Yom Kippur 2017: What you need to know about the holiest day of the Jewish year

A day of repentance and reflection that always falls 10 days after new year

Yom Kippur, also known as the Day of Atonement, has been preceded by increasing violence in the West Bank
Yom Kippur, also known as the Day of Atonement, has been preceded by increasing violence in the West Bank

Yom Kippur, otherwise known as the Day of Atonement, is the holiest day of the Jewish calendar.

Although it falls on a different date ever year, it always comes 10 days after Jewish new year – known as Rosh Hashanah – and is usually in September. This year it starts on 29 September and ends the following day.

Rosh Hashanah marks the beginning on of Ten Days of Repentance where Jews are given the chance to reflect on and apologise for their sins, culminating in a 25-hour day of fast and prayer on Yom Kippur.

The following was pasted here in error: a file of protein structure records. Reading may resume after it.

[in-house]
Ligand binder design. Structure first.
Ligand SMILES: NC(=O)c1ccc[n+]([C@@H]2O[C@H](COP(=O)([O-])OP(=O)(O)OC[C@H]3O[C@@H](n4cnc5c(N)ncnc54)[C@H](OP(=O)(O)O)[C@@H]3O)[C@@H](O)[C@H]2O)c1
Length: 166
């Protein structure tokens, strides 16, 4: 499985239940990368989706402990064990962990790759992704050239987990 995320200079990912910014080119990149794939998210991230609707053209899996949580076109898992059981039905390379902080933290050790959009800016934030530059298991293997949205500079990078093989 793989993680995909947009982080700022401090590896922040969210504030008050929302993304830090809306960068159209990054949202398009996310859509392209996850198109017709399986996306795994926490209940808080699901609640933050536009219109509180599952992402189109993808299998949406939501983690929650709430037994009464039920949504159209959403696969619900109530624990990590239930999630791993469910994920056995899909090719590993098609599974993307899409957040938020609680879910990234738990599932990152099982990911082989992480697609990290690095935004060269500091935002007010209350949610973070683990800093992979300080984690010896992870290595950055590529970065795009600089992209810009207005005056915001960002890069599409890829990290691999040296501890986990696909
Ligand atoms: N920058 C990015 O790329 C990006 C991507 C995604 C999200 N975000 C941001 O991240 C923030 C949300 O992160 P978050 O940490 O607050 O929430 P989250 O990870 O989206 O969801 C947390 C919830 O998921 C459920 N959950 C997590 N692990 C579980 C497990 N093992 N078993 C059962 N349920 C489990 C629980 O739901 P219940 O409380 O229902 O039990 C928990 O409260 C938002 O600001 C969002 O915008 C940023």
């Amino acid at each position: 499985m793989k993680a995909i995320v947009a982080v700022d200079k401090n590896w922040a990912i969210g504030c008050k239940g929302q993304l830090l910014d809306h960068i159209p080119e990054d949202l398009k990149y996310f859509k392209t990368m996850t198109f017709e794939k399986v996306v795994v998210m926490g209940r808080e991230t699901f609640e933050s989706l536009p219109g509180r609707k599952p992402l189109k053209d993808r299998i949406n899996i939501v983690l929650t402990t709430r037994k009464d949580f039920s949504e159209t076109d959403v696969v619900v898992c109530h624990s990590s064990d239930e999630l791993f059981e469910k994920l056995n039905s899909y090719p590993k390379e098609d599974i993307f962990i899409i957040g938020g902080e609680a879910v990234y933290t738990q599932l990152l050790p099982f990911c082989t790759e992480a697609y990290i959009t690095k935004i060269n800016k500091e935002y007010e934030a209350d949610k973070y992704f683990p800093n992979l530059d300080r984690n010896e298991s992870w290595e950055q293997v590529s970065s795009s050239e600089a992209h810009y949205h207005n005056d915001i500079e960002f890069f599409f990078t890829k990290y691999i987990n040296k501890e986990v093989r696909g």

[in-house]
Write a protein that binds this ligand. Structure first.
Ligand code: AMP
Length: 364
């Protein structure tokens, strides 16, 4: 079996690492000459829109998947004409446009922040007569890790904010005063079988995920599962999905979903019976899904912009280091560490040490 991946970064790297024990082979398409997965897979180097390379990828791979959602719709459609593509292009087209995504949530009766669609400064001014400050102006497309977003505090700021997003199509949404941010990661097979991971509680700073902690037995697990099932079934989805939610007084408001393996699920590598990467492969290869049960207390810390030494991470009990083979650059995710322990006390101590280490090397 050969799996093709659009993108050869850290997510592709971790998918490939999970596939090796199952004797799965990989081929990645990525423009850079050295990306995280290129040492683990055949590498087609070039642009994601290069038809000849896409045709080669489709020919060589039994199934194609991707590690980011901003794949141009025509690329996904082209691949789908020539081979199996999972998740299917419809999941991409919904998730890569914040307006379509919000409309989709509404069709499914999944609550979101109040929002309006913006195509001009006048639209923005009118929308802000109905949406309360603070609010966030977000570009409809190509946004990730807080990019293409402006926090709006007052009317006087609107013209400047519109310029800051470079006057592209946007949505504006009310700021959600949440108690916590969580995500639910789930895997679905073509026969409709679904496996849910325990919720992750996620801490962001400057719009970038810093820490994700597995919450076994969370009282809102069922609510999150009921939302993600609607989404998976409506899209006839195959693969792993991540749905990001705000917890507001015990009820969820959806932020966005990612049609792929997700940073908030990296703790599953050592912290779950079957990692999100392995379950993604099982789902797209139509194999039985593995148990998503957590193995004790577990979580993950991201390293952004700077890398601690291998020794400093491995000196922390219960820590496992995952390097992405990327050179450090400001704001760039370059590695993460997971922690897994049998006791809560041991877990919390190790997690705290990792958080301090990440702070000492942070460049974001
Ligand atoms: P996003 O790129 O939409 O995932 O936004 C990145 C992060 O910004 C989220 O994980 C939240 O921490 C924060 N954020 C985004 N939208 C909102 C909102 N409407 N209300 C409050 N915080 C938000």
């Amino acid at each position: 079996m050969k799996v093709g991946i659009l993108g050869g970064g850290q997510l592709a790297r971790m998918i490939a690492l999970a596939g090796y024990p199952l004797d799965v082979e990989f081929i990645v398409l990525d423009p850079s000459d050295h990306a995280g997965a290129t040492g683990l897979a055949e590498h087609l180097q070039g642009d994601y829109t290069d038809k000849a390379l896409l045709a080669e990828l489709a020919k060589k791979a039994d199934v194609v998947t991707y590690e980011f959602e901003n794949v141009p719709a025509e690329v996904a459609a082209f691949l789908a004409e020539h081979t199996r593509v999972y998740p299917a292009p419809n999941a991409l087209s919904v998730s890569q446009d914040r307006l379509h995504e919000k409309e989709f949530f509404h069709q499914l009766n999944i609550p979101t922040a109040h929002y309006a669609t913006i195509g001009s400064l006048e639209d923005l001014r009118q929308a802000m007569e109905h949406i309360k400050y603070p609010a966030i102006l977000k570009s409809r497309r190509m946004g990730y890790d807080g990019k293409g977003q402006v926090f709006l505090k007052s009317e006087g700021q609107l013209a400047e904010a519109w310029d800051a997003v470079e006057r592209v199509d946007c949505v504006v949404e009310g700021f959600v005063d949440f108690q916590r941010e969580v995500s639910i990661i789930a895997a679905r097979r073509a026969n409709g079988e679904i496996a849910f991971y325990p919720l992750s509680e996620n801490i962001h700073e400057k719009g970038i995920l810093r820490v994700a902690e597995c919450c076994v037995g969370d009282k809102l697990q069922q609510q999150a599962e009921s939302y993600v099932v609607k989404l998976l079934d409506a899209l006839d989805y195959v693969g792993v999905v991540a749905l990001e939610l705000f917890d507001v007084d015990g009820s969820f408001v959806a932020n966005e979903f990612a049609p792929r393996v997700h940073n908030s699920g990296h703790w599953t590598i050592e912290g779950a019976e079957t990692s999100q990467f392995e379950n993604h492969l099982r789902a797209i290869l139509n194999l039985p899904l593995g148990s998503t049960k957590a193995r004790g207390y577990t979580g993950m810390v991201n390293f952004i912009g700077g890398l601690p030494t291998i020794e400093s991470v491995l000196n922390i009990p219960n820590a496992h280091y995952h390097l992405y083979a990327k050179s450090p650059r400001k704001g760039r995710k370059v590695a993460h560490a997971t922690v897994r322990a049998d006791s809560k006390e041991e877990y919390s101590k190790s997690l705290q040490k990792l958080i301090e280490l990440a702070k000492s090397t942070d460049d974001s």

So what happens on Yom Kippur?

Yom Kippur itself is a fast day and day of prayer where Jews are supposed to abstain from both food and drink for 25 hours. It starts at sunset and ends 25 hours later when three stars can be seen in the sky.

What are you allowed to do on it?

Outside of praying and repenting, very little. The idea is to put aside the physical to focus on the spiritual and atone for our sins to focus on the New Year with a clean slate – which in practice means Jewish people follow the same rules as the Sabbath in which they do not ‘work’. Depending on levels of observance, that can mean anything from not going into the office to not carrying and using electricity such as light-switches, smartphones and TVs. As well as that, Jewish practice forbids wearing leather shoes, washing or have sex. Some very observant Jews stand all day and avoid sleeping.

And what’s this about a chicken?

The most famous – and admittedly peculiar – custom that has developed around Yom Kippur involves swinging a chicken over your head three times to absolve yourself of sin. Known as Kapparot, this is usually done the day before Yom. As well as eccentric and quite possibly pagan in its origin, it’s also controversial – this year it is the subject of two lawsuits.

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